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Md. focuses on reading Strategy: Realizing that reading is a priority, schools are now putting together a more consistent plan for teaching it.

THE BALTIMORE SUN

After years of random strategies that produced mixed results at best, Maryland's schools -- from kindergarten through college -- appear to be piecing together a sharper, more consistent focus on reading instruction.

Across the state, the greater stress on reading instruction is evident in myriad ways.

Beginning next summer, both new and experienced teachers will be required to take more courses in how to teach reading.

Reading specialists are back. Often the victim of budget cuts, these teachers are returning to most elementary and even middle schools to help pupils and other teachers.

State educators have formed a partnership with the Johns Hopkins University and the Kennedy Kreiger Institute to infuse classroom strategies with the latest research on reading.

Though Maryland still shies away from a statewide curriculum, a new state reading task force report now provides guidelines, encouraging teachers to focus explicitly on reading.

Many school systems around the state are paying more attention to teacher training in reading, providing more time for small-group instruction in early grades, launching programs to identify and tutor problem readers early, and trying to bolster middle-school reading skills.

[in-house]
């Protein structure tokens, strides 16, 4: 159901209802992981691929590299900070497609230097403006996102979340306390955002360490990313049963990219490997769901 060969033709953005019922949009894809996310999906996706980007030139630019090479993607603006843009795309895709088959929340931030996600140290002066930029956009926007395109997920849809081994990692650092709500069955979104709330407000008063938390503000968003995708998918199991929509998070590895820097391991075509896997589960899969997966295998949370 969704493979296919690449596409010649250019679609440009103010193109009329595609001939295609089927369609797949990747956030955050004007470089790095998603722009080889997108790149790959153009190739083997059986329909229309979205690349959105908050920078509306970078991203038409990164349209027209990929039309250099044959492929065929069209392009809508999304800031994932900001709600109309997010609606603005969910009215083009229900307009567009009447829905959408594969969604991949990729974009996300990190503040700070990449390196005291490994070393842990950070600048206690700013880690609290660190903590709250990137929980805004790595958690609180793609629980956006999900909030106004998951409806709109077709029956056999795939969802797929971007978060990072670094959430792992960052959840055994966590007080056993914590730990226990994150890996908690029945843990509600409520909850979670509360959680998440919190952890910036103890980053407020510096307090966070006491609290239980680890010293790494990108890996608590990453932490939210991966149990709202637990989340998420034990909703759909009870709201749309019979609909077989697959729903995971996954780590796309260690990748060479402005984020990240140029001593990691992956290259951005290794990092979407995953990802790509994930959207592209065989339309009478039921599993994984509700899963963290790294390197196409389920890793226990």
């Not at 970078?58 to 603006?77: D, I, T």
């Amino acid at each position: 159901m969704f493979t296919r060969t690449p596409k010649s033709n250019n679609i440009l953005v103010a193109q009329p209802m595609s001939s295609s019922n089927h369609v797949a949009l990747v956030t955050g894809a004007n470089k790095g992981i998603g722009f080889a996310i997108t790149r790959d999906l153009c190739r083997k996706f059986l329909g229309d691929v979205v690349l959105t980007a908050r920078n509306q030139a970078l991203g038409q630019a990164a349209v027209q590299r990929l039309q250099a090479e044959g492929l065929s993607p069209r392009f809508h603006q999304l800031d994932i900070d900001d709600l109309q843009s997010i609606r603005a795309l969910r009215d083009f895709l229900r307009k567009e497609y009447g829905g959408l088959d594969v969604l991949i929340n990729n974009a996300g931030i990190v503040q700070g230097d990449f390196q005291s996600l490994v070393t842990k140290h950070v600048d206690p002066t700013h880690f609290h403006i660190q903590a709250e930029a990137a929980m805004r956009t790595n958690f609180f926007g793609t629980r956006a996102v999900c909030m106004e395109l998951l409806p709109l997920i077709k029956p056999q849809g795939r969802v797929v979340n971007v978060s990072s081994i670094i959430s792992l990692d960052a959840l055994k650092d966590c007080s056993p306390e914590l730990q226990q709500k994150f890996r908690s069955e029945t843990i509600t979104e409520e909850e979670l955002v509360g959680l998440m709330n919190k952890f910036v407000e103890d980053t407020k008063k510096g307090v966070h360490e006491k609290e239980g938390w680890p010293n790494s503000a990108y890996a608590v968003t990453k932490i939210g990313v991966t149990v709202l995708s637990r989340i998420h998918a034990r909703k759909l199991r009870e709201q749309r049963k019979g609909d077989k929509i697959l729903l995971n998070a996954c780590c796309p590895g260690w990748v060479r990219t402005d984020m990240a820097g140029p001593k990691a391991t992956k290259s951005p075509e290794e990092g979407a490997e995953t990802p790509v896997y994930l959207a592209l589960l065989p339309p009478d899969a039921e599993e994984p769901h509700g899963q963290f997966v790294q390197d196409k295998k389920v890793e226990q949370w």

Undergirding all this is a growing awareness that reading instruction has become a hot topic among parents, teachers and the public across the country.

"Reading is at the center of attention now in education," says Patricia Richardson, St. Mary's County schools superintendent and chairwoman of the state reading task force.

Adds state Superintendent of Schools Nancy S. Grasmick: "Everyone is very focused on reading. Any measure of reading performance tells us that this nation and this state must make reading a priority. Every [Maryland school] district has identified reading as a priority."

Scores on the 1998 Maryland School Performance Assessment Program reading tests are up in both third and fifth grades across the state, continuing a trend from 1995.

But still, only 41.6 percent of the state's third-graders are scoring satisfactorily in reading -- ranging from just 16.6 percent in Baltimore to 63.1 per- cent in Kent County.

And across the state, reading test scores for eighth-graders have remained flat since the MSPAP tests first counted in 1993, stuck at only about 25 percent of all eighth-graders reading satisfactorily.

So the push to improve reading programs retains urgency in all Maryland districts -- even as it is producing big changes in Baltimore area schools. For example: